See, I can easily do the research and write a semi-fictional character who says, for example, “All the persecutions which the true church has suffered from Pagans, Jews, and all the world beside are nothing compared with what it has endured from that unrelenting murderer of men, the Pope.” And people will read that and say, all right, that’s certainly a narrow view, but the author is surely exaggerating for dramatic effect. But if I quote that passage from a speech made by the Orange Country Reformation Society in 1843, and they actually did say that—which they did—the reader automatically understands that these opinions, while grotesquely extreme, did exist. And what’s nuts is I have buckets of these quotes in reserve. Narrowing down the pithiest is much harder than finding them.

NK: What do you mean you don’t write crime novels? Or social justice novels, since issues of social justice figure so largely in the plots of the Timothy Wilde stories? Do you see yourself as fitting within a tradition/genre, or blending such, or doing your own thing entirely?

I would ask anyone who thinks of crime fiction as a guilty pleasure to identify another genre that cracks open the human condition so thoroughly, read Crime and Punishment, and fly your crime-reader flag high. Fantasy novels get thrown in the same basket, but point at another novel that explores loyalty and self-sacrifice more thoroughly than The Lord of the Rings trilogy. We’re not meant to limit ourselves when it comes to the human imagination.

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LF: What I mean is that there are some crime novels—brilliant ones, ones I devour like Thai spiced potato chips—in which the crime is the star of the show. These books, I can’t help but surmise, are written by people who are far cleverer than I am. Take for example Agatha Christie’s tour-de-force The. A. B. C. Murders. Now, when I picked that book up as a teen, it mesmerized me. I could never have written it myself. A serial killer by all appearances is offing people whose first and last names each begin with the same letter as the name of the town they live in, as I recall. Simple enough premise, but my god. The points of view shift enough to keep T. S. Eliot happy, the writing is sublime, the characterization pinpoint-exact. When I reached the solution after practically snapping the book’s spine, I was blown away by the ingenuity of the clues and of the plotting. (more…)

2014 Seminar now full; Announcing 2015

12/17/2013  by Arlo Haskell  Comment on this Post
 

The 33rd annual Key West Literary Seminar will take place January 8-11, 2015.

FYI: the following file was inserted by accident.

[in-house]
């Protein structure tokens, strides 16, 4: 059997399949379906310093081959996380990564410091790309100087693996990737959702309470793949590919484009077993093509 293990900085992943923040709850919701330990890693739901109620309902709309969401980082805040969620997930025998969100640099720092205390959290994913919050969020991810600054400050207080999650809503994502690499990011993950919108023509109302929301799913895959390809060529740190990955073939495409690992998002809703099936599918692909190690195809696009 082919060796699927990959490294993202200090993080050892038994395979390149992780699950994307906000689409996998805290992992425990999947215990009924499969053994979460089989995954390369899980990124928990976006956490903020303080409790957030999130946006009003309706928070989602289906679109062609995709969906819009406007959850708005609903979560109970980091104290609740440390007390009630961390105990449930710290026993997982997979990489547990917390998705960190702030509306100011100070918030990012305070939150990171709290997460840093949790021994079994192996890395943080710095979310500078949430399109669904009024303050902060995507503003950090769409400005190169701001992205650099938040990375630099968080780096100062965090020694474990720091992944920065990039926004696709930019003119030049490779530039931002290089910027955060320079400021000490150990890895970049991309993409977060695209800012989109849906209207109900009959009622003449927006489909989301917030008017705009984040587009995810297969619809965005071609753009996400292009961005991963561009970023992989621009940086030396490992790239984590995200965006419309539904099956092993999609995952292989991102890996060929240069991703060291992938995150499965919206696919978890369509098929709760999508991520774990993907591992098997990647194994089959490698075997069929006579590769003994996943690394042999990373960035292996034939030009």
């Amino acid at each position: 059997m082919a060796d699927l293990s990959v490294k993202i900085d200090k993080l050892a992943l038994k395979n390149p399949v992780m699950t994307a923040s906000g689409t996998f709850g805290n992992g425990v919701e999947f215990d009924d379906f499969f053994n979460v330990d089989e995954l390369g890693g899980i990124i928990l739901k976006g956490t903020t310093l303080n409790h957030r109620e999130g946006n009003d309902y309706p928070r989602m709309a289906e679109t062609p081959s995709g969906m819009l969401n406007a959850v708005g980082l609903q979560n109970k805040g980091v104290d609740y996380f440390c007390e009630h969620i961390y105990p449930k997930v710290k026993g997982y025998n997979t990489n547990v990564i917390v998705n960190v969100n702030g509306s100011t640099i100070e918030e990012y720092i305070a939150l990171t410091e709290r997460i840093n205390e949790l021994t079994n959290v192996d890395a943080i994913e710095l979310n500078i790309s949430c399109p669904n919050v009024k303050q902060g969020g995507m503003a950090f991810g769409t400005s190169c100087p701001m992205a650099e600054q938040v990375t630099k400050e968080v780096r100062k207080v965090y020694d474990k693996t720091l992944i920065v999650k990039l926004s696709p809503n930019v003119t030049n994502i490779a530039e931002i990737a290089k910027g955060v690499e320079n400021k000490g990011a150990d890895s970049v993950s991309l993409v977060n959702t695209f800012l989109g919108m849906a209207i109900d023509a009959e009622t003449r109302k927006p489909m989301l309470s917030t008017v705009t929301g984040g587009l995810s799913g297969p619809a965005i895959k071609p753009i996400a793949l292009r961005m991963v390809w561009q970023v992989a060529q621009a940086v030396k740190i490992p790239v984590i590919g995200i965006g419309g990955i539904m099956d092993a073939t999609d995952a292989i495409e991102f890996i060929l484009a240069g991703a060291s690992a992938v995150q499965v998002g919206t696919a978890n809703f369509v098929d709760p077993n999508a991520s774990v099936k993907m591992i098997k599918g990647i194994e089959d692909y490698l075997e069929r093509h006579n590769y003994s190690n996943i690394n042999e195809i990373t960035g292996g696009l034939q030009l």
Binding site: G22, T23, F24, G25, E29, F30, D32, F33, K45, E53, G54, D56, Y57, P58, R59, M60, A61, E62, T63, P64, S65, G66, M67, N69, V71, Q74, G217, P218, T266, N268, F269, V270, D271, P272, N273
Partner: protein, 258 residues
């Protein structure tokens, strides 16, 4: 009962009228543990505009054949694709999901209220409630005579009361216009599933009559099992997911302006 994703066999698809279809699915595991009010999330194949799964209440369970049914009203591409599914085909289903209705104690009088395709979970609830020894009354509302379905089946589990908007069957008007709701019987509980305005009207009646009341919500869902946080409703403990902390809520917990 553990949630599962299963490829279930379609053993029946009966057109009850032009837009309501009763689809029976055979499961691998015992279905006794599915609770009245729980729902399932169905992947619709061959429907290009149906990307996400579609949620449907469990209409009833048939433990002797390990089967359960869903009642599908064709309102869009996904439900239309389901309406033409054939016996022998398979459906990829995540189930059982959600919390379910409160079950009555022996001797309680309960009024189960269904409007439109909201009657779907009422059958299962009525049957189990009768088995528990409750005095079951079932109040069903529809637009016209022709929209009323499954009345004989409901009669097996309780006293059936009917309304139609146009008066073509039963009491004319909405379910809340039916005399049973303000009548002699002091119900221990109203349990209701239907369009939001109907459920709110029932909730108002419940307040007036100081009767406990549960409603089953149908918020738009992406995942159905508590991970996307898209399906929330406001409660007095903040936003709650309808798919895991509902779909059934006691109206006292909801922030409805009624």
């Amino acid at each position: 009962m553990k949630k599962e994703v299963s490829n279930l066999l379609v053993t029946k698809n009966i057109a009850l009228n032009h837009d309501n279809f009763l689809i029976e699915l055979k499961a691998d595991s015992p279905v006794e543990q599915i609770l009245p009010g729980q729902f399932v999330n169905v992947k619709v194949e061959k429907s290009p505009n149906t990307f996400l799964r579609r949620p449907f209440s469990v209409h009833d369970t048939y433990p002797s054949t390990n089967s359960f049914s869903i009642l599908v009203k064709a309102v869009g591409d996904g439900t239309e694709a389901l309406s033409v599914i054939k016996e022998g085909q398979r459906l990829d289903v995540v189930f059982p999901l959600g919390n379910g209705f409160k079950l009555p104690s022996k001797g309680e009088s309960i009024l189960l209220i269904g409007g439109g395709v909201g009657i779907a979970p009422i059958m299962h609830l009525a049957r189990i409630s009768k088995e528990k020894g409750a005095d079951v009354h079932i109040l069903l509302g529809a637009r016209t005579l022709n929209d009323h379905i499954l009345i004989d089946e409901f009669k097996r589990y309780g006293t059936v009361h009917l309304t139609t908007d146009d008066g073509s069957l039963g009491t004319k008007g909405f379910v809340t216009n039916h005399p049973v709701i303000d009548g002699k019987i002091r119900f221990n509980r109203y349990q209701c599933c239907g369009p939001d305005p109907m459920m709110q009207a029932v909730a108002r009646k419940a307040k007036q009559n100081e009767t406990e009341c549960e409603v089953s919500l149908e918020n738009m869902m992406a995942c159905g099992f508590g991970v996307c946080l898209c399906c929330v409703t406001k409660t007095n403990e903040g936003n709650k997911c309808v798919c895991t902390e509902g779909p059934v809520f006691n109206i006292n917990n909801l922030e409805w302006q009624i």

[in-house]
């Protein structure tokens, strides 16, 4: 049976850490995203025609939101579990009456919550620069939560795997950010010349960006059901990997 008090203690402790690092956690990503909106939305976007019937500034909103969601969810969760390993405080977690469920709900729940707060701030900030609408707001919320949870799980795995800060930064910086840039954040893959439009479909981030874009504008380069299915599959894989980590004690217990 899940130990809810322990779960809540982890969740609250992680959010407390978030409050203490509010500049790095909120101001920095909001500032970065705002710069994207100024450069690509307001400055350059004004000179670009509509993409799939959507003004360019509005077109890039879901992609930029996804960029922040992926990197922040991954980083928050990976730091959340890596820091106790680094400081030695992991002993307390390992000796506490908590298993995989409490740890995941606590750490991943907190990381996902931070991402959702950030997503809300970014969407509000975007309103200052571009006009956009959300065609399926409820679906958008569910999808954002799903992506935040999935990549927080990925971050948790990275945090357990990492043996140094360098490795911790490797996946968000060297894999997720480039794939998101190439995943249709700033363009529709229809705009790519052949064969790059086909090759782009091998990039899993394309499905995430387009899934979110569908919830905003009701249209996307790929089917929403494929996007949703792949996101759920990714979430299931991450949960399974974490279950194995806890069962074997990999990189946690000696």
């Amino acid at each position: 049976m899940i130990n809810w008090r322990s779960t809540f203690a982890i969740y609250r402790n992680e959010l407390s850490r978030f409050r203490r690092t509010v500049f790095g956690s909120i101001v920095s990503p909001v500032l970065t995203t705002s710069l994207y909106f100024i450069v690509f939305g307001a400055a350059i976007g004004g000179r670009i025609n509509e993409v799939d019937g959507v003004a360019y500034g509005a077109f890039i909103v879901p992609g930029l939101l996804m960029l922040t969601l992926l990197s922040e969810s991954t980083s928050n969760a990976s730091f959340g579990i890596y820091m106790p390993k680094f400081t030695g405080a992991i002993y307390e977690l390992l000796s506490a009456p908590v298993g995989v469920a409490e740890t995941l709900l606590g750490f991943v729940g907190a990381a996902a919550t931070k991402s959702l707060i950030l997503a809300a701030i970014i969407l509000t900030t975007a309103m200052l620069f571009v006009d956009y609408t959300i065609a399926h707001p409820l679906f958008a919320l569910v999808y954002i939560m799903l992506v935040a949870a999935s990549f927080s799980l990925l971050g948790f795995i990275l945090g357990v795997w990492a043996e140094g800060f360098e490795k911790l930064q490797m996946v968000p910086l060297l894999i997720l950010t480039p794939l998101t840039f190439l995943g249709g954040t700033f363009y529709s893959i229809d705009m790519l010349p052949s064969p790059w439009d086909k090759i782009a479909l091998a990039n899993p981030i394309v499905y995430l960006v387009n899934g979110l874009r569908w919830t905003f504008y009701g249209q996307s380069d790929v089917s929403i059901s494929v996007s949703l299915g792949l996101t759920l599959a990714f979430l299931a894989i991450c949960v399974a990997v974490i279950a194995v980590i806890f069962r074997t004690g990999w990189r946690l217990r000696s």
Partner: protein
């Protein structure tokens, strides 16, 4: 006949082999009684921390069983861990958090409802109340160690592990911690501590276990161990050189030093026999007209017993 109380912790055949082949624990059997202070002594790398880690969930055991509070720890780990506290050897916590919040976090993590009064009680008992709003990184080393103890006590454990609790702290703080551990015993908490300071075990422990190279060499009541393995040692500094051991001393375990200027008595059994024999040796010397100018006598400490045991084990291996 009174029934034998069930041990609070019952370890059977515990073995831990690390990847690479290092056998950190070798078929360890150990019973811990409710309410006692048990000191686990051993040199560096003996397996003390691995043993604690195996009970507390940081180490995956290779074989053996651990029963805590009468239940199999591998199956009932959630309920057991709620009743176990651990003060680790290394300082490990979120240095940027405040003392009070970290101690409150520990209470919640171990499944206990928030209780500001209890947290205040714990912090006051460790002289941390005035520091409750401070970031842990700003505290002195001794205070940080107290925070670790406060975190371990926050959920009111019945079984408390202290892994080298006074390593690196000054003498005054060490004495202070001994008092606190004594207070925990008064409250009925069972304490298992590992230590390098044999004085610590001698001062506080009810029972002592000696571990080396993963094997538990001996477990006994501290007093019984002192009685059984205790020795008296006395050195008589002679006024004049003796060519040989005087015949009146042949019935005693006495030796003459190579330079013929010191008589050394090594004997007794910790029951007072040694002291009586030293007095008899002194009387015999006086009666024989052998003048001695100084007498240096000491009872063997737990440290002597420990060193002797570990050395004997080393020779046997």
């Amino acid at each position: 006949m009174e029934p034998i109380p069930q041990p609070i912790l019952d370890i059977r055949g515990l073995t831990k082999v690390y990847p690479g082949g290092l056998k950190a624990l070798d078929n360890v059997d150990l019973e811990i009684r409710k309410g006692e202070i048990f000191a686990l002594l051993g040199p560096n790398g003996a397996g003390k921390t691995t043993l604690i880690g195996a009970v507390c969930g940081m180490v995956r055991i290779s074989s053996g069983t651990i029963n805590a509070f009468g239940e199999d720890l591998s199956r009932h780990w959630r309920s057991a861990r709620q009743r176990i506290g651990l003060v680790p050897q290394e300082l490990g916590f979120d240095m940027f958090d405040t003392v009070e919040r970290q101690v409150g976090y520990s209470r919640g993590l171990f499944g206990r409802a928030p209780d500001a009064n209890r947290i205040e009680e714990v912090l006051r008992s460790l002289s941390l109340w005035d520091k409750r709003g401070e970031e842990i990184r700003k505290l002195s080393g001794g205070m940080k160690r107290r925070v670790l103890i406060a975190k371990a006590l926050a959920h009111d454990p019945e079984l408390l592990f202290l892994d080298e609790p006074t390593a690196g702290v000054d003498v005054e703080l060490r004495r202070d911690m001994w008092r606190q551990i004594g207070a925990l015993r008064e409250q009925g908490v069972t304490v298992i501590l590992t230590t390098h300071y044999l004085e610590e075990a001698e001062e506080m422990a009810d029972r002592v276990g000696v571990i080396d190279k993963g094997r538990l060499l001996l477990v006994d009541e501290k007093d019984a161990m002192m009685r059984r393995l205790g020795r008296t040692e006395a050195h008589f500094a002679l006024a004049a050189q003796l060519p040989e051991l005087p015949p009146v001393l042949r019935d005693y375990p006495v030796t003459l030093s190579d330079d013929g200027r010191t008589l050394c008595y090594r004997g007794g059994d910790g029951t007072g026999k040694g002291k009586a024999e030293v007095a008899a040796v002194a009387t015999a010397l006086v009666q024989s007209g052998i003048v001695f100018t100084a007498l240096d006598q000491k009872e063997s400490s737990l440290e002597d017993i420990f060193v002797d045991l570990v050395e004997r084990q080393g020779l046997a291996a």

Less than one month before the opening of the 32nd annual Seminar, both sessions of “The Dark Side: Mystery, Crime, and the Literary Thriller” are now completely sold out. The response to this year’s lineup has been overwhelming; we are thrilled by the support. If you’ve waited until now to register, you can still sign up for the waitlist.

As one door closes, another opens, and we are excited to announce the theme for our 33rd annual seminar, to take place January 8-11, 2015. “How the Light Gets In: Literature of the Spirit” will explore literature’s relationship to the inexplicable. “Our hope,” writes program co-chair Pico Iyer, “is to talk about essentials—what lasts and what is at the heart of us—through poetry, essay, fiction, and even silence; to push words as far as they can go and then to respect what remains when they give out.”

Confirmed speakers for 2015 include Ayad Akhtar, A. Manette Ansay, Coleman Barks, Billy Collins, Mark Doty, Patricia Hampl, Ron Hansen, Jane Hirshfield, Marie Howe, Pico Iyer, Barry Lopez, Ayana Mathis, Marilyn Nelson, Robert Richardson, Marilynne Robinson, and Steve Stern.

Register now for “How the Light Gets In: Literature of the Spirit.”

KWLS @ the Miami Book Fair

11/21/2013  by Arlo Haskell  Comment on this Post
 

Cargo sloop, Key West, 1900. Monroe County Public Library Collection.

We’re loading the boat and setting sail for the metropolis to the north, where the 30th annual Miami Book Fair International takes place this weekend.

Visit us in Section B of the street fair (NE 2nd Ave. between 3rd and 4th) to learn more about this year’s seminar and get our tips for navigating the amazing embarrassment-of-riches MBFI schedule of events. We’re looking forward to reuniting with some of our favorite KWLS veterans, including Junot Díaz, Sharon Olds, Dave Barry, Patricia Engel, Geoff Dyer, Robert Pinsky, Brenda Wineapple, Amy Tan, and Paul Auster, as well as Key West friend and neighbor Meg Cabot and “The Dark Side” panelist James W. Hall.

On Sunday at 2:30, be sure to catch our own Arlo Haskell as he interviews Pulitzer Prize winner Richard Russo in the Auditorium (Bldg. 1, 2nd Floor).

See you in Miami!